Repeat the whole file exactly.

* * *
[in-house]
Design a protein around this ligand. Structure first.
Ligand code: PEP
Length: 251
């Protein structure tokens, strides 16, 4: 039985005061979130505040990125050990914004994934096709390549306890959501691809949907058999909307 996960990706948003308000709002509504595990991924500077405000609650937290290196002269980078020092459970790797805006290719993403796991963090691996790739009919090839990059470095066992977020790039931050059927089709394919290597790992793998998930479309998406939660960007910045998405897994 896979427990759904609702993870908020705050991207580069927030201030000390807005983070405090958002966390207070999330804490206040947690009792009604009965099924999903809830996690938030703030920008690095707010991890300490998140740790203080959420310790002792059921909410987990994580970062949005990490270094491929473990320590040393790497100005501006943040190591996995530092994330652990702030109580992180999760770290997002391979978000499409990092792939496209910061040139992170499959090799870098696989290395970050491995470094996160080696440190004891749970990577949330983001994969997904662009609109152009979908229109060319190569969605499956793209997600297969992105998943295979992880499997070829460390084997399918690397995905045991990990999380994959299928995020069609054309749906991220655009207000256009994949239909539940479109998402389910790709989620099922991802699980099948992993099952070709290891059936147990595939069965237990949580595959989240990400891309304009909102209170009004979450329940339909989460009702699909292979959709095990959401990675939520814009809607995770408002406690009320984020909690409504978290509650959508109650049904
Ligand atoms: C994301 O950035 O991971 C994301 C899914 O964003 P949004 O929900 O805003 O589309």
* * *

[in-house]
Design a protein around this ligand. Structure first.
Ligand code: PEP
Length: 251
């Protein structure tokens, strides 16, 4: 039985005061979130505040990125050990914004994934096709390549306890959501691809949907058999909307 996960990706948003308000709002509504595990991924500077405000609650937290290196002269980078020092459970790797805006290719993403796991963090691996790739009919090839990059470095066992977020790039931050059927089709394919290597790992793998998930479309998406939660960007910045998405897994 896979427990759904609702993870908020705050991207580069927030201030000390807005983070405090958002966390207070999330804490206040947690009792009604009965099924999903809830996690938030703030920008690095707010991890300490998140740790203080959420310790002792059921909410987990994580970062949005990490270094491929473990320590040393790497100005501006943040190591996995530092994330652990702030109580992180999760770290997002391979978000499409990092792939496209910061040139992170499959090799870098696989290395970050491995470094996160080696440190004891749970990577949330983001994969997904662009609109152009979908229109060319190569969605499956793209997600297969992105998943295979992880499997070829460390084997399918690397995905045991990990999380994959299928995020069609054309749906991220655009207000256009994949239909539940479109998402389910790709989620099922991802699980099948992993099952070709290891059936147990595939069965237990949580595959989240990400891309304009909102209170009004979450329940339909989460009702699909292979959709095990959401990675939520814009809607995770408002406690009320984020909690409504978290509650959508109650049904
Ligand atoms: C994301 O950035 O991971 C994301 C899914 O964003 P949004 O929900 O805003 O589309």